Peter Chalk Victims May Reopen Compensation Case

By Rory Callinan, Rick Wallace
The Australian
September 23, 2010

[with video]

VICTIMS of an alleged pedophile priest who has settled in Japan could still have a strong case for extra compensation.

That would be so even if they have received private payouts from the Catholic Church.

The advice on reopening claims, from lawyer Jason Parkinson, came as a support group and victims of former priest Peter Chalk called on any investigation to include allegations of a church cover-up.

Chalk, who has changed his name to Shiraishi and claims citizenship in Japan, has said he would not return to Australia to face allegations he abused children while working as a priest in Melbourne's northern suburbs in the 1970s.

His Missionaries of the Sacred Heart order covered up the alleged abuse, did not remove him from the order and failed to bring him back to Australia.

In the 1990s, four of his victims received payouts and apologies from the Melbourne diocese.

Mr Parkinson, whose Canberra firm Porters Lawyers is handling up to 100 cases of child abuse, said if the paid-out victims had been misled then there could be an issue of more compensation.

"If they have said to each individual, 'We haven't had any other complaints about him', and the reality is that they did have complaints, the victims have been induced to enter into an agreement because they weren't given the full story -- then they are able to reopen them," he said.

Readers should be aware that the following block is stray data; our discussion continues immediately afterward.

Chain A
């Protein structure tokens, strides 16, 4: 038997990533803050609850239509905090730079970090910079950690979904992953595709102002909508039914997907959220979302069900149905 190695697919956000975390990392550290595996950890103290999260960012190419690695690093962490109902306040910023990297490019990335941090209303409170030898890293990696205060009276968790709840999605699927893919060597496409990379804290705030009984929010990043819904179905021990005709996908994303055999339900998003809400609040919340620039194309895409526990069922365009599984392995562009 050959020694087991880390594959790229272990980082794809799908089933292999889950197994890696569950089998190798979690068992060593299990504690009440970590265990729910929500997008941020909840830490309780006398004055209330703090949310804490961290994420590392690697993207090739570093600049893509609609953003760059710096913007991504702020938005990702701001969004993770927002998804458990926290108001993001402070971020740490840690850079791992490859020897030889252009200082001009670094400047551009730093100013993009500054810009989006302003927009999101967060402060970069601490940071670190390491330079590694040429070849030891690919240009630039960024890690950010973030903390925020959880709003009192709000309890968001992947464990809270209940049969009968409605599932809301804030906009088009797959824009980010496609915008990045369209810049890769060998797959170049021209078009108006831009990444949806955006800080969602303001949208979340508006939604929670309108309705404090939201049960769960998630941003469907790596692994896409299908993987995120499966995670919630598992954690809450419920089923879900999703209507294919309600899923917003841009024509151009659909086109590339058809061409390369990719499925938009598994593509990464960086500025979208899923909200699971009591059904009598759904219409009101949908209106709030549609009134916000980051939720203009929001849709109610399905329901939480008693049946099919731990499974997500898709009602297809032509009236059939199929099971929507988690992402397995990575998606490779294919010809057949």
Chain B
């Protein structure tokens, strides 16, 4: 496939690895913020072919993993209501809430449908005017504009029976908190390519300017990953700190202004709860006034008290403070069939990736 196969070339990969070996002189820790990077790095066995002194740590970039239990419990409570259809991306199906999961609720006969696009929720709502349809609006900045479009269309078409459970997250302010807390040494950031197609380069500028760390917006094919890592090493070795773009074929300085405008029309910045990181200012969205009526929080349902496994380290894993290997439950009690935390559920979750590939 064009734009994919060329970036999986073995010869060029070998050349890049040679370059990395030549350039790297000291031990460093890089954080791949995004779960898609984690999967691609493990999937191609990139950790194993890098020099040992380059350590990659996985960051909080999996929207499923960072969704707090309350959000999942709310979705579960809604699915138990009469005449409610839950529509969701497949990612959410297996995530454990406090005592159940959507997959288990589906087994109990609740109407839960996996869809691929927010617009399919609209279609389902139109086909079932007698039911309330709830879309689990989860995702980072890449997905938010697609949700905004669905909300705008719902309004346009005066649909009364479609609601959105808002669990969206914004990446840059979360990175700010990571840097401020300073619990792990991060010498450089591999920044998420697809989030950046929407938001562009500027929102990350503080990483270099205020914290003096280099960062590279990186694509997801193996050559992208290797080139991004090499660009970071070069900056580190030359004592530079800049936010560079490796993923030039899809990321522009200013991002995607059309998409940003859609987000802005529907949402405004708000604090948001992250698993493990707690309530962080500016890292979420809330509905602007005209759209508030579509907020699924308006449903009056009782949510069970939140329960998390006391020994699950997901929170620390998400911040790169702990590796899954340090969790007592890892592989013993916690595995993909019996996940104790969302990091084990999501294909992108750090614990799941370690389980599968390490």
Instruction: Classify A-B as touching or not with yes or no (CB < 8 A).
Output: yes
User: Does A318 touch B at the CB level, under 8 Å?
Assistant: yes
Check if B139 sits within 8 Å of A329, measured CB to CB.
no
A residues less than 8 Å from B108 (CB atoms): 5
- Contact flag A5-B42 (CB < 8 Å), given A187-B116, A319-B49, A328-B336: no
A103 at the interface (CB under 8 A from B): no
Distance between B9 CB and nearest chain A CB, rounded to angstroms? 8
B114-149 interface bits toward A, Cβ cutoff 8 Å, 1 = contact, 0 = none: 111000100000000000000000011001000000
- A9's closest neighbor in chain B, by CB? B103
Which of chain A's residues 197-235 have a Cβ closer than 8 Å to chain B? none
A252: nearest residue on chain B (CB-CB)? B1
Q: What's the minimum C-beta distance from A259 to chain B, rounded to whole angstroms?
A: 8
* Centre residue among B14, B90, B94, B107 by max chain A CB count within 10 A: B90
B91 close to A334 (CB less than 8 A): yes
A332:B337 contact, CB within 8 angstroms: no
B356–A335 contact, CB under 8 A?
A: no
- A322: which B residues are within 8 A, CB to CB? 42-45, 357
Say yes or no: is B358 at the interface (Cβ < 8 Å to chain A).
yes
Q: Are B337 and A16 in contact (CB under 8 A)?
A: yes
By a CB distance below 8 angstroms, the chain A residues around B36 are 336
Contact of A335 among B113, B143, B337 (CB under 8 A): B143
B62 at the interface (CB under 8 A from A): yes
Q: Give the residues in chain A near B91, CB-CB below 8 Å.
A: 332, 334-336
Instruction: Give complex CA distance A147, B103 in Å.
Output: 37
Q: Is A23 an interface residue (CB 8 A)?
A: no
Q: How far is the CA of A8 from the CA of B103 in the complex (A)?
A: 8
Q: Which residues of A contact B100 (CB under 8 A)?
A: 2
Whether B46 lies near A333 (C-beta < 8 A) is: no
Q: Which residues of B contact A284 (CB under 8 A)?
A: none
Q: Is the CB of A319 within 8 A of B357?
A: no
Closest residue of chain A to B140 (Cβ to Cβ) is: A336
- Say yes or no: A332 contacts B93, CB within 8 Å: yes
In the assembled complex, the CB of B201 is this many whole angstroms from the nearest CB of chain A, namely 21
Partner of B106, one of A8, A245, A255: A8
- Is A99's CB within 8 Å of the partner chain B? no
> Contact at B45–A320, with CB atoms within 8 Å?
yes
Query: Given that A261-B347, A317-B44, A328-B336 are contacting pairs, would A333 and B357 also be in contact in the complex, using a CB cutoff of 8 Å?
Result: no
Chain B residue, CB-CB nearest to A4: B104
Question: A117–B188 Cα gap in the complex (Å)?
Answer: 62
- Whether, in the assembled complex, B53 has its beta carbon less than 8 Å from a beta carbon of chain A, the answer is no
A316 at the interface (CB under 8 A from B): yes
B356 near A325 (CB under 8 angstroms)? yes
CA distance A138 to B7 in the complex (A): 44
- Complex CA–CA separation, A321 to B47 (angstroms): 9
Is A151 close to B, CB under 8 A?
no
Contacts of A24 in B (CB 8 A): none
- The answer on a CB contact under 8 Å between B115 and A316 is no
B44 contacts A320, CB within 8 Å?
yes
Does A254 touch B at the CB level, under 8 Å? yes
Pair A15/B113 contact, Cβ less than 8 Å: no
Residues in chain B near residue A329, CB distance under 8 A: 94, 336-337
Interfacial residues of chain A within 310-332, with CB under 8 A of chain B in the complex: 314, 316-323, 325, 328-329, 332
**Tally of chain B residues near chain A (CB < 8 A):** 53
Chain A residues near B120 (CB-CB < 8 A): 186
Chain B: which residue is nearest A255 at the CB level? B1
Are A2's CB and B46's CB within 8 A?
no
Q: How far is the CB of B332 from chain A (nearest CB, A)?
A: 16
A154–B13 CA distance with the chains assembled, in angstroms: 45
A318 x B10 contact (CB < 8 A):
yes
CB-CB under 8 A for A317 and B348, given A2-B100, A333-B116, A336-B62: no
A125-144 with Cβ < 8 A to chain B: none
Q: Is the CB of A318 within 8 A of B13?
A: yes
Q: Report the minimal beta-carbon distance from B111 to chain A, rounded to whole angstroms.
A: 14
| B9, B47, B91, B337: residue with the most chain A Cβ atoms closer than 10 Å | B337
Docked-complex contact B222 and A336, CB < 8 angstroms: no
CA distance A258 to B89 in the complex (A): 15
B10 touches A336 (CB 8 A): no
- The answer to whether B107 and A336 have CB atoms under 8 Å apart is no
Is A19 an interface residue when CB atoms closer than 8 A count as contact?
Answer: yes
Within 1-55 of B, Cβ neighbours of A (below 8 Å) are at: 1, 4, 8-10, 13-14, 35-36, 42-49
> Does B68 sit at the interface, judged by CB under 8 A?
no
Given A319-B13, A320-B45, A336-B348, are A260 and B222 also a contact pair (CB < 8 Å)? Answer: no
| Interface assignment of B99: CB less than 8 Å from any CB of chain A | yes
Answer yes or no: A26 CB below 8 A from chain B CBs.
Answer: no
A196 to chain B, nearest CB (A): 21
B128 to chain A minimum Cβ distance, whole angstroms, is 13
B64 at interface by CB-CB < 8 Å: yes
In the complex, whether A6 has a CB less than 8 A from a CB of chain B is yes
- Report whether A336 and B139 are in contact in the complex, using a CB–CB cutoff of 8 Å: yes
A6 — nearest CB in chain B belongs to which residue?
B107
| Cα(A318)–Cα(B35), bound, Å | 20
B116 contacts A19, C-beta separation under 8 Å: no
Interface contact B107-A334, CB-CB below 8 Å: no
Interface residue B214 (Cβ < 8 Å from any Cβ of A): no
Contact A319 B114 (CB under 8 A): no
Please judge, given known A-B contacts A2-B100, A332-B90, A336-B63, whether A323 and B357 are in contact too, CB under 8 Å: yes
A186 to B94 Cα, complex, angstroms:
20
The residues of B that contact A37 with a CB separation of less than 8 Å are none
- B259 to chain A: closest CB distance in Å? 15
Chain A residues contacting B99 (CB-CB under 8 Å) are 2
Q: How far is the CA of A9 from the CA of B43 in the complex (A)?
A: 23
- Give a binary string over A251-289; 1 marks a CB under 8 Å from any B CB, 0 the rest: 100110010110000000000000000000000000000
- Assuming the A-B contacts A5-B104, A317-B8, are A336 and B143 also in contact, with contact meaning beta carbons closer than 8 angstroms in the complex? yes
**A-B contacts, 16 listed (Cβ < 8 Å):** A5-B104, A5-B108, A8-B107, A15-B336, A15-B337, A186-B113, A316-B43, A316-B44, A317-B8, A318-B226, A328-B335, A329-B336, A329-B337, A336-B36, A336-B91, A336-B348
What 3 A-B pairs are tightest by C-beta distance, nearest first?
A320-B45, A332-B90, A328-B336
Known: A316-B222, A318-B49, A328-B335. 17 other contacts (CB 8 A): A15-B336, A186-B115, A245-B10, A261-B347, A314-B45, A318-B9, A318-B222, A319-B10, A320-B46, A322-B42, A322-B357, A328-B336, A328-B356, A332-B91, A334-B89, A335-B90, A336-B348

"But you would need to treat each case on its merits."

Peter Murphy, who was the first to blow the whistle on Chalk back in the 1980s and who has given police a statement, said investigating any church cover-up was "important, big-time". "That's the whole reason why I went to the police, because they did nothing," he said.

Another victim spoke to The Australian yesterday, confirming he had given police a statement in 1994. He said his abuse occurred when he was only eight or nine years old.

Broken Rites, the support group that exposes pedophile priests and lobbies for victims, called for the investigation to be broadened.

Bernard Barrett, a researcher for Broken Rites, said church officials in Australia had protected Chalk for years.

"Concealing a crime is itself a criminal offence. Australian police should investigate to see if there has been a cover-up."

Victoria Police have said they can not comment on ongoing investigations.

MSC Provincial Father Tim Brennan has admitted "matters could have been handled in a more appropriate way".

Chalk has denied the abuse but admitted to some "crude behaviour" as a parish priest.


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